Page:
# Why does the marginal revenue product(MRP) curve slope downward for a perfectly competitive firm?

a. because MRP=MR x MPP. After some point, as more of a factor is employes, the lower its MFC is; thus MRP declines

b. Because MRP = MFC x MPP. After some point, as more of a factoc is employed, the lower its MFC is; thus MRP declines.

c. Because MRP = MR x MPP. After some point, MR declines for a product price taker; thus, MRP declines.

d. Because MRP = MFC x MR. After some point, MFC and MR decline; thus, MRP declines.

## The correct answer is c. Because MRP = MR x MPP. After some point, MR declines for a product price taker; thus, MRP declines.

To understand why the marginal revenue product (MRP) curve slopes downward for a perfectly competitive firm, we need to break down the components of the MRP formula.

MRP stands for marginal revenue product, which is the additional revenue a firm earns by employing one additional unit of a factor of production (such as labor). The MRP formula is MRP = MR x MPP, where MR is the marginal revenue and MPP is the marginal physical product.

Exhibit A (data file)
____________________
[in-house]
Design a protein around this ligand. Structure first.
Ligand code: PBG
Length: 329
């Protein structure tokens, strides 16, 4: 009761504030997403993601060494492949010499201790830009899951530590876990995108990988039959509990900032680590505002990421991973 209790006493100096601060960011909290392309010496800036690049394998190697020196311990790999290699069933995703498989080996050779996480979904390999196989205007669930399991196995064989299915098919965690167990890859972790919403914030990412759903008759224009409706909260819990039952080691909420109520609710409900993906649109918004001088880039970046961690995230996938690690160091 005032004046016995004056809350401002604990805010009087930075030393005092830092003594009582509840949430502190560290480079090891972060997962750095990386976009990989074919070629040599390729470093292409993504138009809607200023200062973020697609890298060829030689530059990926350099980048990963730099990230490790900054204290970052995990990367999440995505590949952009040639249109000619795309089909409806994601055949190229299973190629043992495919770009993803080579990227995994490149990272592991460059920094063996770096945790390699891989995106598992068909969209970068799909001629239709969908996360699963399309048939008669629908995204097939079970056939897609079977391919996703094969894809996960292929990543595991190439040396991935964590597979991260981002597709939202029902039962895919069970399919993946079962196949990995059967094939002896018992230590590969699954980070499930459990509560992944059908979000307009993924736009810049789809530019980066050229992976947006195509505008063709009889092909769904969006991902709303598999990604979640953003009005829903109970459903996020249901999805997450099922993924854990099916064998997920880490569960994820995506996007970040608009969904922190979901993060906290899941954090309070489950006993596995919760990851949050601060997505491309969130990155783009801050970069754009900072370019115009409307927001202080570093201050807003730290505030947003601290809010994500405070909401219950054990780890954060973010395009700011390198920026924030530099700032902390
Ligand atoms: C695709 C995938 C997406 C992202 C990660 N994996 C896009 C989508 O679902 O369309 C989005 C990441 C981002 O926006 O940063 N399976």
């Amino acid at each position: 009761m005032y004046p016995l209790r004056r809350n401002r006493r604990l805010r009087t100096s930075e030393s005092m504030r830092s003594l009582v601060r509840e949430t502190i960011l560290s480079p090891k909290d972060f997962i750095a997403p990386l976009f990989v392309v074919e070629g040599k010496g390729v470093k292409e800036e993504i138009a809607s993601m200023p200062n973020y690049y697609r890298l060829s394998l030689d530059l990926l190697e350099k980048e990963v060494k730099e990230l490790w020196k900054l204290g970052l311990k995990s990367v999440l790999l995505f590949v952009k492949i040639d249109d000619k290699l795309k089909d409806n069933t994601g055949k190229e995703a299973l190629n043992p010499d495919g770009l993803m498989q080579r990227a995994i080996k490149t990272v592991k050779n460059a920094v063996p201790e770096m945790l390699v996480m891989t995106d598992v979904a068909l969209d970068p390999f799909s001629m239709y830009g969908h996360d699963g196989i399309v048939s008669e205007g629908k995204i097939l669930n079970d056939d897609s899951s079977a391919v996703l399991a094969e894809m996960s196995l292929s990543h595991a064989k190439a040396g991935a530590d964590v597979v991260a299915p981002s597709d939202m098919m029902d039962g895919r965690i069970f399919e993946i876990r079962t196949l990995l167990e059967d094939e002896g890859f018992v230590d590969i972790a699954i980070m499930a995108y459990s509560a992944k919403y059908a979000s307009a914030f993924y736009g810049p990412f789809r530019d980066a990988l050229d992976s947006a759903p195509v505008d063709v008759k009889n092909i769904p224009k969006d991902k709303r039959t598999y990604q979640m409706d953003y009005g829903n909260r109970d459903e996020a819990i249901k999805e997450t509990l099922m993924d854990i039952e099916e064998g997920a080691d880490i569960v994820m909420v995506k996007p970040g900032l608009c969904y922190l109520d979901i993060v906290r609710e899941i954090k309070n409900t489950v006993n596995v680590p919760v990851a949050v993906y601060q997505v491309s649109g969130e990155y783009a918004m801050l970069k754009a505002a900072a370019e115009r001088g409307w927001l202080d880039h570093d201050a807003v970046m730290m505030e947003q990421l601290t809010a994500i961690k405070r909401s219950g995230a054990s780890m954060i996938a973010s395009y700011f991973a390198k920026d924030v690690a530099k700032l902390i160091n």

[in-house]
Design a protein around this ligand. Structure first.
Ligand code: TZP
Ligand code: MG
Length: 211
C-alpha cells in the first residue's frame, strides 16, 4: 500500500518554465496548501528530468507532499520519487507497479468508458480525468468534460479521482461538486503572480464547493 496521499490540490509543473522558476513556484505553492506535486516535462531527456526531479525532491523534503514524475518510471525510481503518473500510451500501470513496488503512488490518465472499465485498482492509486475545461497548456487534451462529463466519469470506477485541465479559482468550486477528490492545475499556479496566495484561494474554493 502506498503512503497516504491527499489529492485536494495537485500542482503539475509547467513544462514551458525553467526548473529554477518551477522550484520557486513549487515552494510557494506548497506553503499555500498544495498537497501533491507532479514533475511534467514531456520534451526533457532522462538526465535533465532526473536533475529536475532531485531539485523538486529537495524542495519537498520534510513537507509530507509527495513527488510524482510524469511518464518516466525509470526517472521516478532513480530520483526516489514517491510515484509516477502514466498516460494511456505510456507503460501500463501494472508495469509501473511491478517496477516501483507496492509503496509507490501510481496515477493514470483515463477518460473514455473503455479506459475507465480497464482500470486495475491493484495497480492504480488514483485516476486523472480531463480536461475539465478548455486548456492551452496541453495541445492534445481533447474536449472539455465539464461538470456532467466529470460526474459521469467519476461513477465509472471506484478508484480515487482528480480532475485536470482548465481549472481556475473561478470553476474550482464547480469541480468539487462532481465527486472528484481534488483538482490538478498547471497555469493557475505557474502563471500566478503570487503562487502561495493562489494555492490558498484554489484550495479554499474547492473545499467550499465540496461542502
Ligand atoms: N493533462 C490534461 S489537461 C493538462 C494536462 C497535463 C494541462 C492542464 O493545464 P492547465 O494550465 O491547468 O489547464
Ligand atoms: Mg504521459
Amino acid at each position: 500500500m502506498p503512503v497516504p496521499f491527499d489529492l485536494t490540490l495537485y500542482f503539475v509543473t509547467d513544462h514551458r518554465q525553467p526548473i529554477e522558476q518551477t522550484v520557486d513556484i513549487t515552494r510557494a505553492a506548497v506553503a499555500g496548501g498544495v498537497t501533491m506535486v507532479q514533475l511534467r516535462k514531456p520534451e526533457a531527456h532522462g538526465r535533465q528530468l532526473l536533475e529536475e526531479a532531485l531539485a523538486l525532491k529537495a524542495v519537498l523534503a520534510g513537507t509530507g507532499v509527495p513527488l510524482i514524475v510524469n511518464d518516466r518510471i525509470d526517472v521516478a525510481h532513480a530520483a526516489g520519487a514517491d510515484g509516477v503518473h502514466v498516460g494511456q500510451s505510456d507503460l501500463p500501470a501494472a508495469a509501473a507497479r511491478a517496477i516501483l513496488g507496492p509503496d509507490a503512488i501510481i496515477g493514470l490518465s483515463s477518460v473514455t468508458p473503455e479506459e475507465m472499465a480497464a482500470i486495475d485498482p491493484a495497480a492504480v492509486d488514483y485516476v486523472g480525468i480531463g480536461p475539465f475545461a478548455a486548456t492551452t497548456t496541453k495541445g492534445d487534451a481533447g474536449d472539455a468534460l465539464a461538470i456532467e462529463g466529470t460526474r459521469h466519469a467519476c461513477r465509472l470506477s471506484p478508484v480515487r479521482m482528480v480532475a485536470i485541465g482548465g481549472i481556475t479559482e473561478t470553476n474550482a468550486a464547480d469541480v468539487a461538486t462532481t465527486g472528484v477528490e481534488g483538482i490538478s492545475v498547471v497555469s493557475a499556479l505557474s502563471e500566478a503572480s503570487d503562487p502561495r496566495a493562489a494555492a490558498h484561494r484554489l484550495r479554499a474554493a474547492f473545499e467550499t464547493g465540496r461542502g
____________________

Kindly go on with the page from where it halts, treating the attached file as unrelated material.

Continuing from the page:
In a perfectly competitive market, firms are price takers, meaning they have no influence over the price of the product they sell. Therefore, MR is constant and equal to the price at which the firm sells its product.

As a firm hires more units of a factor of production, the marginal physical product (MPP) of that factor will eventually decline. This is because of the principle of diminishing marginal returns - as more units of a factor of production are added, the additional output produced per additional unit of that factor diminishes.

As the MPP declines, it affects the overall MRP. Since MRP is the product of MR and MPP, if MPP declines, MRP will decline as well. This is why the MRP curve for a perfectly competitive firm slopes downward. As a firm hires more units of a factor of production, the diminishing returns set in, causing the MPP to decline, and subsequently leading to a decline in MRP.